Prisms and pyramids are solid geometric shapes that have flat sides, flat bases and angles. However, the bases and side faces on prisms and pyramids differ. Prisms have two bases -- pyramids only have one. There are a variety of pyramids and prisms, so not all shapes in each category look the same.
Similarities: Common Features
Prisms and pyramids are three-dimensional solid shapes that contain sides and faces that are polygons -- two-dimensional shapes with straight sides. Both shapes fall under the large category -- polyhedrons -- because the sides and bases are polygons. Neither prisms nor pyramids have rounded sides, rounded edges or rounded angles, distinguishing them from cylinders and spheres. All of the side faces meet at the bases -- or at the base in the case of pyramids. Prisms and pyramids come in a variety of sizes, ranging from hand-held objects to grand architectural buildings.
The bases on pyramids and prisms differ. Prisms have two congruent -- or identical -- bases, and pyramids only have one base. The shape of the base on pyramids and prisms can vary, depending on the shape of the overall three-dimensional object. For example, the base could have a square, rectangle, triangle, hexagon, pentagon or octagon shape. The base is never a circle or an oval on a prism or a pyramid.
Differences: Side Faces
The side-by-side faces, also known as lateral faces, on pyramids and prisms have different attributes. Prisms have rectangular lateral faces and pyramids have triangular lateral faces. In most cases, the lateral faces of both prisms and pyramids are angled toward the base or bases. The rare exception is the "right prism" -- the faces are perfectly perpendicular to the base. The lateral faces are congruent triangles on a "right pyramid."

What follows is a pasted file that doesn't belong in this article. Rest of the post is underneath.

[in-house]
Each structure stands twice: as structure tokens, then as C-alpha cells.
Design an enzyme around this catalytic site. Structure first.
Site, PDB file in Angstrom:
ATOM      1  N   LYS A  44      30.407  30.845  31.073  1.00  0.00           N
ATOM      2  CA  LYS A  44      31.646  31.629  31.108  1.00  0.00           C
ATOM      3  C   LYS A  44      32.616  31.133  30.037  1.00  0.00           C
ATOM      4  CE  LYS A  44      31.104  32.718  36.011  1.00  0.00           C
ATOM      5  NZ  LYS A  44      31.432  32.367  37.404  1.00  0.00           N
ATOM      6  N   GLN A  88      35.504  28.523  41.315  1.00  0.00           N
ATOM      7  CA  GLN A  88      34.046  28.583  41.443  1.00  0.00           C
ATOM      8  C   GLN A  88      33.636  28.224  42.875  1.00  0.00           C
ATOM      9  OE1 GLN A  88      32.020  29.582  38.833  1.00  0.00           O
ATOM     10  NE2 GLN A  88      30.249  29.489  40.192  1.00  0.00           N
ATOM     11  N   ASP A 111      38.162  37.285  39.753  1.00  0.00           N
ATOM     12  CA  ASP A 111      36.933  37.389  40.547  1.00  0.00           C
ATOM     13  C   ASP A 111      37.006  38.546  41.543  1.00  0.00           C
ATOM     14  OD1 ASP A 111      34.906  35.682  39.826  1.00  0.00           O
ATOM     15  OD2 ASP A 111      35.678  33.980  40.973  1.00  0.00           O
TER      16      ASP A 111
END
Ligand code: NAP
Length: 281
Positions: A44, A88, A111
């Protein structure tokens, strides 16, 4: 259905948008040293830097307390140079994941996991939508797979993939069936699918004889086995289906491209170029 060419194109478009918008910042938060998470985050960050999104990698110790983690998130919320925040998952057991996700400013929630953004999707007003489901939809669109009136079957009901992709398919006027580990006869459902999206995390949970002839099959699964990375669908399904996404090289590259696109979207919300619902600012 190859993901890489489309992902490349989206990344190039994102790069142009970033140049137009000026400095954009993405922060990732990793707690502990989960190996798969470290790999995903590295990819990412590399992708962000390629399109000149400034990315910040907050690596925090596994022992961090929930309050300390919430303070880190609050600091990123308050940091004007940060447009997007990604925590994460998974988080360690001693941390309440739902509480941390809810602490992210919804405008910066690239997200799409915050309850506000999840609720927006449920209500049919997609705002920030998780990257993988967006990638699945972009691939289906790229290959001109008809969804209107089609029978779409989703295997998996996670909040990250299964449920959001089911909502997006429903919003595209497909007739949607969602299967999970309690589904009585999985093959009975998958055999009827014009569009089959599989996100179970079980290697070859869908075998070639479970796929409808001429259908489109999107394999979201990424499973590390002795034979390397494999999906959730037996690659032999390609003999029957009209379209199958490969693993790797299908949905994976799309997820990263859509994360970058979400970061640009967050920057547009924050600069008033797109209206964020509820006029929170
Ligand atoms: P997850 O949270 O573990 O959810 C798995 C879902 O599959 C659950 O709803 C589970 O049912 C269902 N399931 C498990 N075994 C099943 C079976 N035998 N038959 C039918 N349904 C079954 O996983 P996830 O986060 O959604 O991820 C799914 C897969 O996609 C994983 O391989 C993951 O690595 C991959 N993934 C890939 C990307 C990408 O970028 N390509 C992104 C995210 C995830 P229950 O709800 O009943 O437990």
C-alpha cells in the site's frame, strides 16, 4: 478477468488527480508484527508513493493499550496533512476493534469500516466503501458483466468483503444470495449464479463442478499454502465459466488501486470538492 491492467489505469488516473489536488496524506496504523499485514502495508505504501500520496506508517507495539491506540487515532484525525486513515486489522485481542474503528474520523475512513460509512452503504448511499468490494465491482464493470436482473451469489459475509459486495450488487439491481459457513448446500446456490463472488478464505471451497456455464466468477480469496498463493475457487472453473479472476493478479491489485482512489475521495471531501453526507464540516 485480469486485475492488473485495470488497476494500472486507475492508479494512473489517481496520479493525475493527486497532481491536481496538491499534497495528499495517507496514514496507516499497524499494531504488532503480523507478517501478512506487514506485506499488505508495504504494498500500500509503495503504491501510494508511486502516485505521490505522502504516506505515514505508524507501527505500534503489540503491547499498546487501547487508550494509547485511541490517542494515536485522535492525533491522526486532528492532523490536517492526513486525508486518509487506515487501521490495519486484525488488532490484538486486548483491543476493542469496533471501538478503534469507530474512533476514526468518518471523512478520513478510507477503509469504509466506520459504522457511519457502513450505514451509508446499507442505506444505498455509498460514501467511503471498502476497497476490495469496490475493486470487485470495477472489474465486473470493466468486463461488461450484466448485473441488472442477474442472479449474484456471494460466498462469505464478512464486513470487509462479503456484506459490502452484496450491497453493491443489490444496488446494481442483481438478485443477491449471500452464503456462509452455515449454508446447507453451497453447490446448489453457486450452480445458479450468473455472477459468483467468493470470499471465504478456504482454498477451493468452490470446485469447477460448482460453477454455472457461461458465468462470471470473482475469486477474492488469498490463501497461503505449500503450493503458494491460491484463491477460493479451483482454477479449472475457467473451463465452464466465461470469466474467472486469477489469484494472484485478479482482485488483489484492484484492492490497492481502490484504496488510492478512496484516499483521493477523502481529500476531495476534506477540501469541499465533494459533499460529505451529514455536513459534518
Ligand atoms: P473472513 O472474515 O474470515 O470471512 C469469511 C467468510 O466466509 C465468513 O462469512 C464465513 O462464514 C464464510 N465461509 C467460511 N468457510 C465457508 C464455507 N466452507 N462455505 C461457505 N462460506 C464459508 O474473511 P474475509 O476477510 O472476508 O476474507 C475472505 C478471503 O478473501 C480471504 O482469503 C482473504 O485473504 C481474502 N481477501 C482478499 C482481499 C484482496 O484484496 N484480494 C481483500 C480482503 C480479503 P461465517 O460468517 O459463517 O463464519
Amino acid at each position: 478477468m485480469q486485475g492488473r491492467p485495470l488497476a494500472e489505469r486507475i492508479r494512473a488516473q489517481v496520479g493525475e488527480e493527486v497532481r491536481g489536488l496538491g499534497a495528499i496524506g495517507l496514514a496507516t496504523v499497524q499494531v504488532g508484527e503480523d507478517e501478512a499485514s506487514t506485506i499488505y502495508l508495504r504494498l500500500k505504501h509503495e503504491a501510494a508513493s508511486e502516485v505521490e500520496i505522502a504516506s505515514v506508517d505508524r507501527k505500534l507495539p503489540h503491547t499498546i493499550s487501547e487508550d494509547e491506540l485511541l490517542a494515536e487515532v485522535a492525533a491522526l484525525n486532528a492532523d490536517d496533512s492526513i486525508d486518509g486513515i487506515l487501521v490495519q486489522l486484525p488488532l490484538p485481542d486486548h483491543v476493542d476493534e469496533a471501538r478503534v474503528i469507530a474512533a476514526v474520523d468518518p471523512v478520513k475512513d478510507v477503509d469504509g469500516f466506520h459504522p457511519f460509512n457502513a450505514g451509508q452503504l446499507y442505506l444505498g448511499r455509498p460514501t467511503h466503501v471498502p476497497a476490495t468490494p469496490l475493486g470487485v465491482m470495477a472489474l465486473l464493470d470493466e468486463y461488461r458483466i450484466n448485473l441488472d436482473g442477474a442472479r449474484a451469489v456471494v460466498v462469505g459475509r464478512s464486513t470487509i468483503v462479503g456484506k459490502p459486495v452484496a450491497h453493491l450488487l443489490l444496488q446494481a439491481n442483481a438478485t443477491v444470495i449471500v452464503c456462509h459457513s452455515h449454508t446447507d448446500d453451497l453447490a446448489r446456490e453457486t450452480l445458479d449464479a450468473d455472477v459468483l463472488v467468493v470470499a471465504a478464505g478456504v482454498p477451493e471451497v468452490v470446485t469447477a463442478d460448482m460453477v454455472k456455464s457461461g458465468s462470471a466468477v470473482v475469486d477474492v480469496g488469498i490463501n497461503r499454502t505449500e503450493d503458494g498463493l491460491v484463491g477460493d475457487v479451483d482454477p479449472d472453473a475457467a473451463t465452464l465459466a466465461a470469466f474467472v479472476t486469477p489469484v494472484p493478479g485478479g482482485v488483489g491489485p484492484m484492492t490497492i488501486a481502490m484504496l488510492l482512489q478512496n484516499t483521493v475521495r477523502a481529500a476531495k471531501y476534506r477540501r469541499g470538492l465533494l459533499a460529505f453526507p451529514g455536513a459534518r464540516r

Differences: Vertex or Point
Pyramids differ from prisms because they have one central vertex, often referred to as an apex or a point, where the lateral faces meet. The vertex is directly above the center of the base, regardless of the shape of the base. Prisms don't have a vertex because there are multiple meeting points where the faces connect.
About the Author
As curriculum developer and educator, Kristine Tucker has enjoyed the plethora of English assignments she's read (and graded!) over the years. Her experiences as vice-president of an energy consulting firm have given her the opportunity to explore business writing and HR. Tucker has a BA and holds Ohio teaching credentials.